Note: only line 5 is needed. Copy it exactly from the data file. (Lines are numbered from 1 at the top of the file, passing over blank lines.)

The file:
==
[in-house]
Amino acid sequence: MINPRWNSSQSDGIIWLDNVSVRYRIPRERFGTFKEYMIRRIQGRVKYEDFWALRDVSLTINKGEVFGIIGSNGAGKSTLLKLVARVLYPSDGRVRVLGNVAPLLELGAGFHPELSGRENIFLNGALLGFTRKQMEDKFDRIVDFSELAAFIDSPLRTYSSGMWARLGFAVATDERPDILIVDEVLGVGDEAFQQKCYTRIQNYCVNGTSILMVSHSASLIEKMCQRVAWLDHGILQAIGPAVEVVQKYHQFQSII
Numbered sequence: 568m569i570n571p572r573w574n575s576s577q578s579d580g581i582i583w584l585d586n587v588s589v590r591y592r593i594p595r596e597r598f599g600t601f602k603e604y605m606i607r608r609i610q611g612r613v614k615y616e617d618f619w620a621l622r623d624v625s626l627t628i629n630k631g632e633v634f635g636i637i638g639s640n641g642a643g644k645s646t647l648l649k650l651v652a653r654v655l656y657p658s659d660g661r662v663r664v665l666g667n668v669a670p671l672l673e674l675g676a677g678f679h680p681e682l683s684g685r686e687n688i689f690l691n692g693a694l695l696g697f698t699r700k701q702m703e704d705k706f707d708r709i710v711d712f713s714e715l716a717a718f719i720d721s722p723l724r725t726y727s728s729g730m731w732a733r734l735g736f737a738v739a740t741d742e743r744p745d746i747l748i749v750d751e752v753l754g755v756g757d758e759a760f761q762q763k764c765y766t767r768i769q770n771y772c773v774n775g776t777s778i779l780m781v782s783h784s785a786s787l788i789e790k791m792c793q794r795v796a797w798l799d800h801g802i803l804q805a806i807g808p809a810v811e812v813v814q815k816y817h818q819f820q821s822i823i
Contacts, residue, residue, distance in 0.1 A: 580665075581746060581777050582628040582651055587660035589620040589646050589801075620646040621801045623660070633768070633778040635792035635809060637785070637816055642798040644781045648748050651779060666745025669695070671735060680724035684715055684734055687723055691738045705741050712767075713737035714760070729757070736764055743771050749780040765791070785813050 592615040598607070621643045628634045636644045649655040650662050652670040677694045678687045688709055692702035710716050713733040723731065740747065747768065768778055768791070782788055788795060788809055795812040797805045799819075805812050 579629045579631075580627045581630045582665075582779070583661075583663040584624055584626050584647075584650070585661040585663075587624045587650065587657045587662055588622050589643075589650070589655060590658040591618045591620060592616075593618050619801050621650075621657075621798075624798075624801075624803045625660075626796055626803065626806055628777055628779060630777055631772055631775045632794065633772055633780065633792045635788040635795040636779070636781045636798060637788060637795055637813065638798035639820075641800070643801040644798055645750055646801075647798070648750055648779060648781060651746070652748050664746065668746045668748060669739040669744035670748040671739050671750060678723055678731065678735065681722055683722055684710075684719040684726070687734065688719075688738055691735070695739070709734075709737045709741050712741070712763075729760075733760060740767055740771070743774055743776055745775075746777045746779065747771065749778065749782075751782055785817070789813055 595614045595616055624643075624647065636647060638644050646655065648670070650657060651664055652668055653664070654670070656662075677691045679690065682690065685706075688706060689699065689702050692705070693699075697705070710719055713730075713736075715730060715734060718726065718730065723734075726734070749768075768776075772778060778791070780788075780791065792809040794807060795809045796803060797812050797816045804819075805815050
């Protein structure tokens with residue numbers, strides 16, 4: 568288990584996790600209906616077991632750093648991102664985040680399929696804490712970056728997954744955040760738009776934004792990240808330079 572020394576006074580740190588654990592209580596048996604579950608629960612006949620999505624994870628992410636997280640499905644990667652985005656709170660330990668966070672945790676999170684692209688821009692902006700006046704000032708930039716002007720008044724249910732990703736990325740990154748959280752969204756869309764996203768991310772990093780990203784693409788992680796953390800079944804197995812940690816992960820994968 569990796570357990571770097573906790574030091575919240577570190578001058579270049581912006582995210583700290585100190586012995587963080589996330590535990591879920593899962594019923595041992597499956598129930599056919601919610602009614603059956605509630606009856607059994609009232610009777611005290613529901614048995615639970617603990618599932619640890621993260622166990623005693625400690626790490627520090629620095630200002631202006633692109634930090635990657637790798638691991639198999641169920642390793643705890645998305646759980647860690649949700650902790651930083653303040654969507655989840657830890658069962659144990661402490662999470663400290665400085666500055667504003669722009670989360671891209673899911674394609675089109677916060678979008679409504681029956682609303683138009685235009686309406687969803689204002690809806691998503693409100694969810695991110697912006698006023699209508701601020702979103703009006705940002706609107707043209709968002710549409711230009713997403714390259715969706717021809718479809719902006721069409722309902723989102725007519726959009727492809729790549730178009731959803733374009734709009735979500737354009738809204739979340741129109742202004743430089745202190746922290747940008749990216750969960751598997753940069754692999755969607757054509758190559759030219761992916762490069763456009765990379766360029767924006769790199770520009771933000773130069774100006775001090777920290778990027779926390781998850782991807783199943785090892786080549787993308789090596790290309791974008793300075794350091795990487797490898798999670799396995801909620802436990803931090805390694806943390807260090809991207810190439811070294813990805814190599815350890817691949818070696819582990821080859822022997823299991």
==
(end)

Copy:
């Protein structure tokens with residue numbers, strides 16, 4: 568288990584996790600209906616077991632750093648991102664985040680399929696804490712970056728997954744955040760738009776934004792990240808330079 572020394576006074580740190588654990592209580596048996604579950608629960612006949620999505624994870628992410636997280640499905644990667652985005656709170660330990668966070672945790676999170684692209688821009692902006700006046704000032708930039716002007720008044724249910732990703736990325740990154748959280752969204756869309764996203768991310772990093780990203784693409788992680796953390800079944804197995812940690816992960820994968 569990796570357990571770097573906790574030091575919240577570190578001058579270049581912006582995210583700290585100190586012995587963080589996330590535990591879920593899962594019923595041992597499956598129930599056919601919610602009614603059956605509630606009856607059994609009232610009777611005290613529901614048995615639970617603990618599932619640890621993260622166990623005693625400690626790490627520090629620095630200002631202006633692109634930090635990657637790798638691991639198999641169920642390793643705890645998305646759980647860690649949700650902790651930083653303040654969507655989840657830890658069962659144990661402490662999470663400290665400085666500055667504003669722009670989360671891209673899911674394609675089109677916060678979008679409504681029956682609303683138009685235009686309406687969803689204002690809806691998503693409100694969810695991110697912006698006023699209508701601020702979103703009006705940002706609107707043209709968002710549409711230009713997403714390259715969706717021809718479809719902006721069409722309902723989102725007519726959009727492809729790549730178009731959803733374009734709009735979500737354009738809204739979340741129109742202004743430089745202190746922290747940008749990216750969960751598997753940069754692999755969607757054509758190559759030219761992916762490069763456009765990379766360029767924006769790199770520009771933000773130069774100006775001090777920290778990027779926390781998850782991807783199943785090892786080549787993308789090596790290309791974008793300075794350091795990487797490898798999670799396995801909620802436990803931090805390694806943390807260090809991207810190439811070294813990805814190599815350890817691949818070696819582990821080859822022997823299991």